An Act to amend the Canada Business Corporations Act (remuneration of directors and officers)

This bill was last introduced in the 40th Parliament, 3rd Session, which ended in March 2011.


Jim Maloway  NDP

Introduced as a private member’s bill. (These don’t often become law.)


Outside the Order of Precedence (a private member's bill that hasn't yet won the draw that determines which private member's bills can be debated), as of March 21, 2011
(This bill did not become law.)


This is from the published bill. The Library of Parliament often publishes better independent summaries.

This enactment amends the Canada Business Corporations Act to provide that the remuneration of a director or officer of a corporation may not be fixed unless the particulars of the remuneration have first been approved by special resolution of the shareholders of the corporation.


All sorts of information on this bill is available at LEGISinfo, an excellent resource from the Library of Parliament. You can also read the full text of the bill.

Canada Business Corporations ActRoutine Proceedings

March 21st, 2011 / 3:05 p.m.
See context


Jim Maloway NDP Elmwood—Transcona, MB

moved for leave to introduce Bill C-640, An Act to amend the Canada Business Corporations Act (remuneration of directors and officers).

Mr. Speaker, I am introducing an amendment to the Canada Business Corporations Act regarding the remuneration of directors and officers. It is called the Canadian shareholders act.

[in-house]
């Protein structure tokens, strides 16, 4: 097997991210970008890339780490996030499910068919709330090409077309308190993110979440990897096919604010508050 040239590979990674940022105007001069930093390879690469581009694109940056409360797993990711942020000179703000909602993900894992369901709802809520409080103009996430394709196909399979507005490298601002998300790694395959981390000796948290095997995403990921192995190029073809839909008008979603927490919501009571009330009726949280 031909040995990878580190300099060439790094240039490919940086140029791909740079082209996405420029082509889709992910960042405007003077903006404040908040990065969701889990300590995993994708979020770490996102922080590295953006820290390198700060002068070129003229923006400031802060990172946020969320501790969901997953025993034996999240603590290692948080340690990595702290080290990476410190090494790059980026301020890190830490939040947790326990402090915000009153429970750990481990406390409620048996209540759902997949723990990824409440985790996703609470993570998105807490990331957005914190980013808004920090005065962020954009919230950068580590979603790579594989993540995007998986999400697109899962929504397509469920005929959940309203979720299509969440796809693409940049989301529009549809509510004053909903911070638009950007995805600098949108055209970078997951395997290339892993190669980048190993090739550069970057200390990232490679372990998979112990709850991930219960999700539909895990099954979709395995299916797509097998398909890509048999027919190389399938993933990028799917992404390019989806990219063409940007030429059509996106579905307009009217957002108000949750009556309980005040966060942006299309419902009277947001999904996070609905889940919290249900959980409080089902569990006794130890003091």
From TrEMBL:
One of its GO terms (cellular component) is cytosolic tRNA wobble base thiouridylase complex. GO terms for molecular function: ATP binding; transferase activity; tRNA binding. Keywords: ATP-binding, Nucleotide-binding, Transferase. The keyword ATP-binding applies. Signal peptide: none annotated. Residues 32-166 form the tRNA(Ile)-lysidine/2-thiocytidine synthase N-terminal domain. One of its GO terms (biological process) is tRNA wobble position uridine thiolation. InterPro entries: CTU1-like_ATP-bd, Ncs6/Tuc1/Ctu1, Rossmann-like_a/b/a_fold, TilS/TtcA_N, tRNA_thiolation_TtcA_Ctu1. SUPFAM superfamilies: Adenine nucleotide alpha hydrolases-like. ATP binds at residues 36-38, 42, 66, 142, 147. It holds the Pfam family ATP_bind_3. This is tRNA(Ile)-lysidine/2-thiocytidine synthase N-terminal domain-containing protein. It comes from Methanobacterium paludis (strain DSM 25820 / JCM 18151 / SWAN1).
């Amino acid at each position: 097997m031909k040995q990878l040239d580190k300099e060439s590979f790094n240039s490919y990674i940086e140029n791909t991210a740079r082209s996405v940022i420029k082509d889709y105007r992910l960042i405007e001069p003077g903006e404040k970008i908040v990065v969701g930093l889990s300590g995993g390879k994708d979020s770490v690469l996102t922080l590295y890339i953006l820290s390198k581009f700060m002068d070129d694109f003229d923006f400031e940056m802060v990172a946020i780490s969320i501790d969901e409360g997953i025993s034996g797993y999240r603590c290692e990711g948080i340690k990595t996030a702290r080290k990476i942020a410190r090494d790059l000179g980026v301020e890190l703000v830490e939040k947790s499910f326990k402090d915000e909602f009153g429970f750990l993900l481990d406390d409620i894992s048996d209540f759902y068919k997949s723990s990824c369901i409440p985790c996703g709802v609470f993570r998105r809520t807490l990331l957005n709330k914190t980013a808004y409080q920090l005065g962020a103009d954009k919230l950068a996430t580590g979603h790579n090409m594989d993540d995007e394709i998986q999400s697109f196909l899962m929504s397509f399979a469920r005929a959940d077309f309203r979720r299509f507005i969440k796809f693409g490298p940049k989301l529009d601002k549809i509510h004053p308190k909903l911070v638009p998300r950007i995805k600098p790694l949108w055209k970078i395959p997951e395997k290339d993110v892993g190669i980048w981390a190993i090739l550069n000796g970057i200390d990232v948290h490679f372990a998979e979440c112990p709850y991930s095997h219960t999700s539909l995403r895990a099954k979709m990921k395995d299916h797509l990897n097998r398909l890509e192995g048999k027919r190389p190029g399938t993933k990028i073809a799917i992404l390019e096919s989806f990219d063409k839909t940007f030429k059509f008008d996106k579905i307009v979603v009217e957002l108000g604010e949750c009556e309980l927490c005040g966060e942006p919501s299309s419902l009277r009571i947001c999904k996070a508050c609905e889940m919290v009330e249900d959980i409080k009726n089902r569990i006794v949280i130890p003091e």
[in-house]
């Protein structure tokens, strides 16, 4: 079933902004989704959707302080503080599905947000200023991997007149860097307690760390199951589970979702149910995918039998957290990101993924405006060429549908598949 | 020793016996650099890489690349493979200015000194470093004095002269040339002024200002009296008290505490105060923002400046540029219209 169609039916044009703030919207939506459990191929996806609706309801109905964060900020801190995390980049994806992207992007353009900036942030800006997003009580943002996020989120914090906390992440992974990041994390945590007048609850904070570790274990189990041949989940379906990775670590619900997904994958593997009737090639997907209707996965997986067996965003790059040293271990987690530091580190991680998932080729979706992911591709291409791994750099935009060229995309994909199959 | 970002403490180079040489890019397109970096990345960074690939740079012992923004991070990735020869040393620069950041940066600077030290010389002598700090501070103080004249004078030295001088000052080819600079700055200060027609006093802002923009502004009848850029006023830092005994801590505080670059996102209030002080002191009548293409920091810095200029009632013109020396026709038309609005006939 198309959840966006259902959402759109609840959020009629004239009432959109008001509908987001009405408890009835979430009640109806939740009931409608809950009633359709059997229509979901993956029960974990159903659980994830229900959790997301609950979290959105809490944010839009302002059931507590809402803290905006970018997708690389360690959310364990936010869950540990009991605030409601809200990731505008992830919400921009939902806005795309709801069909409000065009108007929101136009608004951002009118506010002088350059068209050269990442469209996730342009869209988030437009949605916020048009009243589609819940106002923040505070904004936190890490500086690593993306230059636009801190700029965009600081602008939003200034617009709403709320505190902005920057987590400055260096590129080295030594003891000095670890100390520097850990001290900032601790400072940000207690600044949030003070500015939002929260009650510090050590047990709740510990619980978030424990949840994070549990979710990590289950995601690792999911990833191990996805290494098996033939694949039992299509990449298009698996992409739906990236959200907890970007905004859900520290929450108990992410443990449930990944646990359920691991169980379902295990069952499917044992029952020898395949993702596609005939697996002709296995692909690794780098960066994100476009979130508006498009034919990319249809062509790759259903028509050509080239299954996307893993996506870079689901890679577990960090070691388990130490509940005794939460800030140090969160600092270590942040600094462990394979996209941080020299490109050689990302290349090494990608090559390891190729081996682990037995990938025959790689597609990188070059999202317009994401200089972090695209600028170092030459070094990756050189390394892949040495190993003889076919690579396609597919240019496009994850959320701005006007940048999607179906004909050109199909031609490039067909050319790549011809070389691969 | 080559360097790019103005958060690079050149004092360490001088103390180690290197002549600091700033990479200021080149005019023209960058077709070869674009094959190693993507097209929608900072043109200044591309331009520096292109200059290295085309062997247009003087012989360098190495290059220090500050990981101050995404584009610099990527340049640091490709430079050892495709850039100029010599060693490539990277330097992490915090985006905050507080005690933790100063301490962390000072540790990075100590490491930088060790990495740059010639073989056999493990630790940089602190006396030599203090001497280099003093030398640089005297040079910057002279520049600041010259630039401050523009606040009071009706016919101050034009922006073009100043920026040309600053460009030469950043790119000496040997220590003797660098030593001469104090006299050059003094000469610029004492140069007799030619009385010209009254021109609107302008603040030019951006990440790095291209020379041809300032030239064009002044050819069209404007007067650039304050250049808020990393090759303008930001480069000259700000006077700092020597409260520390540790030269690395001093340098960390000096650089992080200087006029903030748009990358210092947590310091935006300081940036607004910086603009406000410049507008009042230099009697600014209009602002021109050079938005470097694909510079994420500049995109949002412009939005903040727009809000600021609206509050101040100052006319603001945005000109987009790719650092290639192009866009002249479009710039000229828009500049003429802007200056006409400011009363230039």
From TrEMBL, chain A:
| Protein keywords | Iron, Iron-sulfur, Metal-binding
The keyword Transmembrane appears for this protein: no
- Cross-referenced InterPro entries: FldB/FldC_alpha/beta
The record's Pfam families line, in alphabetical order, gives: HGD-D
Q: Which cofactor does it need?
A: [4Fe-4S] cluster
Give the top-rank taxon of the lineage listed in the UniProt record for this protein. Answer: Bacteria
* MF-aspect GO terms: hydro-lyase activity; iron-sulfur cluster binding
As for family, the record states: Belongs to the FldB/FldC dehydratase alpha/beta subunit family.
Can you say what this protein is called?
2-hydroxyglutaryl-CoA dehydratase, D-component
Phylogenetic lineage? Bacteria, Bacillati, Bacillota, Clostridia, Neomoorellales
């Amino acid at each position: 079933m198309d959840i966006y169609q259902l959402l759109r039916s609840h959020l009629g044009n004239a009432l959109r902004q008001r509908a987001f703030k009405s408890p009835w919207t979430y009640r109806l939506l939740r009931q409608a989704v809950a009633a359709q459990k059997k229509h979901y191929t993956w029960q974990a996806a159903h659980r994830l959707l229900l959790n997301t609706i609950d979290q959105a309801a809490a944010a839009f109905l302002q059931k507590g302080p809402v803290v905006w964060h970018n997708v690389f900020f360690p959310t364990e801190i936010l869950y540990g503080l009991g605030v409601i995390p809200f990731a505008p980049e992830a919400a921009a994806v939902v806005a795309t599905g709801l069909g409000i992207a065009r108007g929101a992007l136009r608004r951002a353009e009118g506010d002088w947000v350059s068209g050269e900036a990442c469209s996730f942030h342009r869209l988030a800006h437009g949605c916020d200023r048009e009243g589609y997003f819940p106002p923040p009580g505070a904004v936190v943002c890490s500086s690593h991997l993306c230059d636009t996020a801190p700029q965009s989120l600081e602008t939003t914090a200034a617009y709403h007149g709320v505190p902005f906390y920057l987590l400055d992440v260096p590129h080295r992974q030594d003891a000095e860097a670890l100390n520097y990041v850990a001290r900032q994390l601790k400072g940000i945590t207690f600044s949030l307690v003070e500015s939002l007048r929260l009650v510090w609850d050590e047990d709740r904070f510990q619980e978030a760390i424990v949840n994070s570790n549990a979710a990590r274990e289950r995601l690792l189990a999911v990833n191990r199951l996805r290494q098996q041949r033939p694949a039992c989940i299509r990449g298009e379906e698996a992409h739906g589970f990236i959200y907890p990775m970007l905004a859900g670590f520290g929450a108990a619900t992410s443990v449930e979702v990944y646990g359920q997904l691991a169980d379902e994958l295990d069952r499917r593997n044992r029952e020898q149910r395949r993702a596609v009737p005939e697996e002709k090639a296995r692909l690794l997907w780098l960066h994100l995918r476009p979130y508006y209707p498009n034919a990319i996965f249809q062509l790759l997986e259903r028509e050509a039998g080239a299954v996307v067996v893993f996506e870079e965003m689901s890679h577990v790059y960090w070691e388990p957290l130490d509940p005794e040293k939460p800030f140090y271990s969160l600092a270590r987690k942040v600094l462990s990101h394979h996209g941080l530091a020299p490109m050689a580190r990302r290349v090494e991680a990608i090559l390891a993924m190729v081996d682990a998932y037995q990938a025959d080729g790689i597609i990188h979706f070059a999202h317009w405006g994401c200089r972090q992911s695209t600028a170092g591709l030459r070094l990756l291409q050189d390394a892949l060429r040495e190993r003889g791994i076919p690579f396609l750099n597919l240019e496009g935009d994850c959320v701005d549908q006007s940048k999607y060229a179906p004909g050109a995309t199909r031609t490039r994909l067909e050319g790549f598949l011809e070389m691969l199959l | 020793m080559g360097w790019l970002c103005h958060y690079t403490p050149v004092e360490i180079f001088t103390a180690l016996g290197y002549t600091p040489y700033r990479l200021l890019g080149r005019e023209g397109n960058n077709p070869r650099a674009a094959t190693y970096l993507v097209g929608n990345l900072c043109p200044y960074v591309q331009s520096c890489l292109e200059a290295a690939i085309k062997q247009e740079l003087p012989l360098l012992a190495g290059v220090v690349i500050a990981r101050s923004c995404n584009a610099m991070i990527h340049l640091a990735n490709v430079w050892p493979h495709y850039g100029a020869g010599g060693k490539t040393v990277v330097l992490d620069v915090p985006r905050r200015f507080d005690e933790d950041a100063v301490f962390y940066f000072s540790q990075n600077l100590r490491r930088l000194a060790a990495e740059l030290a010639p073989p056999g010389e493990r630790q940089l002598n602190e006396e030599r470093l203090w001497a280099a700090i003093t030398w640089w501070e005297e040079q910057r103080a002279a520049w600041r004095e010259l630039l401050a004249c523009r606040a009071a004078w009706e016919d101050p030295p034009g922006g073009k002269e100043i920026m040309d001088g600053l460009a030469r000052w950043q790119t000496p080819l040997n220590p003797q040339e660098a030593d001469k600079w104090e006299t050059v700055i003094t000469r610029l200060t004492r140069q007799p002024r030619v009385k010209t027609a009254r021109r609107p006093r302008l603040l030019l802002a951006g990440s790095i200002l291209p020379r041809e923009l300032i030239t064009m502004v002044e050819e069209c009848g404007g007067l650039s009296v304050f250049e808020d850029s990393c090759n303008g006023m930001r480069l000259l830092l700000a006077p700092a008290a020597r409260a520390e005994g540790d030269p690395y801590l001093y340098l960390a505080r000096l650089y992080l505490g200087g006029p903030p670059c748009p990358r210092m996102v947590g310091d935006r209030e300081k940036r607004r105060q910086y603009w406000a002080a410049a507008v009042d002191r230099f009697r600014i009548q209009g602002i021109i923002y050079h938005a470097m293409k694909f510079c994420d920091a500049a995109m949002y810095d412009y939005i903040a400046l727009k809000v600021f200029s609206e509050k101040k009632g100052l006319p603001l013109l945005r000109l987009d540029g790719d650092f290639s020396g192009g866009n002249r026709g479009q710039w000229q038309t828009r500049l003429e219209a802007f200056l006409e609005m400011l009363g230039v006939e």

The shareholders act would make corporations more accountable to the shareholders of corporations by giving them a direct say in the salaries, stock options and other compensation to the top executives and officers of their companies. This amendment would provide for a special resolution as defined by the Canada Business Corporations Act, which requires a two-thirds vote of the shareholders for passing approval of top executive pay, which applies to the approximately 196,000 federally-regulated Canadian corporations.

We have seen an outrageous increase in top CEO pay since the 1990s, as well as over 400% increases of $10 million, $20 million, even over $40 million a year in a single decade. For years, investment funds and shareholder associations throughout Canada have been asking for greater accountability in executive remuneration for the sake of greater responsibility toward its shareholders' investments.

It is time that the government stands up for ordinary Canadian shareholders who depend upon their investments for their modest pensions, while top executive pay skyrockets shamelessly into the stratosphere of tens of millions of dollars. It is time for corporate responsibility to shareholders who own the companies and it is time for the Canadian shareholders act.

(Motions deemed adopted, bill read the first time and printed)